May also be called: dancing eyes, rapid eye movements, involuntary eye movements
Nystagmus (say: ni-STAG-mus) is fast, uncontrollable eye
More to Know
and inner ear are involved with the normal function of eye movements. When these areas
are not functioning normally, it can cause the eyes to move involuntarily. With nystagmus,
the eyes may move from side to side, up and down, or in a circular pattern, and one
or both eyes may be affected.
There are many types and causes of nystagmus. It can be present at birth (congenital
nystagmus or infantile nystagmus syndrome) or develop later in life (acquired nystagmus).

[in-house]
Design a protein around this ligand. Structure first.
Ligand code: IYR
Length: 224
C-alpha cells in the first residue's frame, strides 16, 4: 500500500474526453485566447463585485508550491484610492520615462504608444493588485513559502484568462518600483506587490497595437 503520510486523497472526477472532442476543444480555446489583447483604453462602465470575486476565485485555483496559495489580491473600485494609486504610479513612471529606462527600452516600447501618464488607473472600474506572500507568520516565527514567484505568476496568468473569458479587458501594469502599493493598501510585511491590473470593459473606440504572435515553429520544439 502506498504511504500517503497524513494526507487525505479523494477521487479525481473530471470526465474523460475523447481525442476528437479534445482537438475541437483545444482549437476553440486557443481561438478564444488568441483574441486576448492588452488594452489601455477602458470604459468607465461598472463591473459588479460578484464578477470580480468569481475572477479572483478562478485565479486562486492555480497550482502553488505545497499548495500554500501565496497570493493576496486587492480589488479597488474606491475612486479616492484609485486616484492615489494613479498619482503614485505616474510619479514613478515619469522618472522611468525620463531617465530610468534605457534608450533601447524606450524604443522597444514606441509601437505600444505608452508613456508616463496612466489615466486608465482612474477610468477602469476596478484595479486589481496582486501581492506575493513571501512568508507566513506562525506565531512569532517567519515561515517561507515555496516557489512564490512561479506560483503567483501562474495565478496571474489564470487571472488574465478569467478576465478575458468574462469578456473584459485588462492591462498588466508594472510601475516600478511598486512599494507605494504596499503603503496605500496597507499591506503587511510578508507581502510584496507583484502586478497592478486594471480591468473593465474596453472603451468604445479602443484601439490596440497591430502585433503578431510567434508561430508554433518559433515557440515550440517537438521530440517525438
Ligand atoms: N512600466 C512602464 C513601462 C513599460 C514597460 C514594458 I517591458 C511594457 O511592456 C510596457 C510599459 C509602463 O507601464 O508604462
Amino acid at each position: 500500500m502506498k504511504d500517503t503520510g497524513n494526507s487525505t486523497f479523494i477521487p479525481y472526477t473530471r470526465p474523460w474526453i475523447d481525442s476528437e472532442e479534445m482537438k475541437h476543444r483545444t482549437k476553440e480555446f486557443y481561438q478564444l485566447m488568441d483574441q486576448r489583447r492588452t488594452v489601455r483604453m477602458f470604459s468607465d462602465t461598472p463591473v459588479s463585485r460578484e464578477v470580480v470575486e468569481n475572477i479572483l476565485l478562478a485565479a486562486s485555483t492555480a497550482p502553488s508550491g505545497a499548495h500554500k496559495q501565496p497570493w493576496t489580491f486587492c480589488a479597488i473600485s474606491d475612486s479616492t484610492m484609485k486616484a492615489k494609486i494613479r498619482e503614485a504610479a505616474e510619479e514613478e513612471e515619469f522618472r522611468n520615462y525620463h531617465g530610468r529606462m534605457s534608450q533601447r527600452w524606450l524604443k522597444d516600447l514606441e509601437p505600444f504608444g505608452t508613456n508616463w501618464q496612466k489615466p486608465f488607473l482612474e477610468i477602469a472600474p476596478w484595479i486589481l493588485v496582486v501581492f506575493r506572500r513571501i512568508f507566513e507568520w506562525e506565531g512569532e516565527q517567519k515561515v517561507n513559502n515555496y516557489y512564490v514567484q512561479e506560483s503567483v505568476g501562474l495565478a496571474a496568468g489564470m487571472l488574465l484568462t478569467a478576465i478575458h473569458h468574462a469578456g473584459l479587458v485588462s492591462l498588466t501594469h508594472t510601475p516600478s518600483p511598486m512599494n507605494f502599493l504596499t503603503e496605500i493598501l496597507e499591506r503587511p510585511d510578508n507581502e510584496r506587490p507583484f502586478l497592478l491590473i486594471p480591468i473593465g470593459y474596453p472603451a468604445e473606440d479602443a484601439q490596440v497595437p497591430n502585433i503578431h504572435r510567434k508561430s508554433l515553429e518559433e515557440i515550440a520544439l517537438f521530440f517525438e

Congenital nystagmus is often mild but some kids may need corrective lenses for vision
Acquired nystagmus can be caused by a reaction to certain drugs, medications, or
alcohol. In most cases, acquired nystagmus goes away after the cause has been treated.
In rare cases, it can be caused by a serious medical condition such as a stroke, cataracts,
an inner ear disorder, or a head injury.
Brief periods of nystagmus are considered a normal reflex, like when there are
sudden changes in position (for example, after a roller coaster ride or after spinning).
Keep in Mind
Congenital nystagmus may affect eyesight, but vision
can be improved by glasses, contact lenses, or surgery. Discuss these and other potential
treatment options with your doctor. Most cases of acquired nystagmus are treated by
dealing with the underlying cause. Be sure to talk to your doctor if you are concerned
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